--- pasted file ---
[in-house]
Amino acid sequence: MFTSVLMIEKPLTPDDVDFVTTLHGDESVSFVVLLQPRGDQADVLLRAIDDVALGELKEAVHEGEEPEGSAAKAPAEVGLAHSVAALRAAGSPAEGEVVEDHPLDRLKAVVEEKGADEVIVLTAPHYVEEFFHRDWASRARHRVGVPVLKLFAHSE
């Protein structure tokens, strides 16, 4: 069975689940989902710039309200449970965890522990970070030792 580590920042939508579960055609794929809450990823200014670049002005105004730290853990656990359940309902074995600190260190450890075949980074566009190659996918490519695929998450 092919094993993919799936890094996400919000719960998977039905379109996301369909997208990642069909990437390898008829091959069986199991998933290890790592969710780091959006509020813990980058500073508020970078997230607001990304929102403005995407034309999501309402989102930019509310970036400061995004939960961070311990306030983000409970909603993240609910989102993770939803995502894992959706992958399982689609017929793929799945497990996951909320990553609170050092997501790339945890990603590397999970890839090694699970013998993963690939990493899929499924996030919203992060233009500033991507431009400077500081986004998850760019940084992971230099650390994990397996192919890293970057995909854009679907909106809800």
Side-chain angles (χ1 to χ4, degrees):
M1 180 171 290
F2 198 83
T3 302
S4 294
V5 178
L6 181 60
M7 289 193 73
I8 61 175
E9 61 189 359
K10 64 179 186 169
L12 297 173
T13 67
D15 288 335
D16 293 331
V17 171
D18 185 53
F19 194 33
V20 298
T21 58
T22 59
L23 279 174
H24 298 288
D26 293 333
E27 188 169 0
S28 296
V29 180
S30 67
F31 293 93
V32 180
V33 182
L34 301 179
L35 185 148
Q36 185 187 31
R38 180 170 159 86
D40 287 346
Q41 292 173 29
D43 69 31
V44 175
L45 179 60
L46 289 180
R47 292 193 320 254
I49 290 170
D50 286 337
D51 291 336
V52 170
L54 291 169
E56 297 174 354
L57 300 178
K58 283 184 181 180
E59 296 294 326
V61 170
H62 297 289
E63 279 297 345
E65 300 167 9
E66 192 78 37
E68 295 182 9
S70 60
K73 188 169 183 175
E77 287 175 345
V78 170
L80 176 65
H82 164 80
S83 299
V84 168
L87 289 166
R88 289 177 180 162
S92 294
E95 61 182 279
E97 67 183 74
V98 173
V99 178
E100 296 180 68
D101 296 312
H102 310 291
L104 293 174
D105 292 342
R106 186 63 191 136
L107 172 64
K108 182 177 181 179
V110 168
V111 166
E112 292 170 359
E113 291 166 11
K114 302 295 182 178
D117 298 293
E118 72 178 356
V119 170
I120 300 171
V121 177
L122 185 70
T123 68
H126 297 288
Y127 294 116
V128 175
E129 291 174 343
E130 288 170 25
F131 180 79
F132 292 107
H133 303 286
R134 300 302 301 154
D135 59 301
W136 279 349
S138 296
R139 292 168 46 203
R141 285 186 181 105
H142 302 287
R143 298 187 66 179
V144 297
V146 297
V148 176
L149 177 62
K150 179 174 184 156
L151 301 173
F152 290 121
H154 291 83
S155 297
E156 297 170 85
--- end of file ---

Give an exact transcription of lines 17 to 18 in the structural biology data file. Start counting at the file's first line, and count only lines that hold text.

D15 288 335
D16 293 331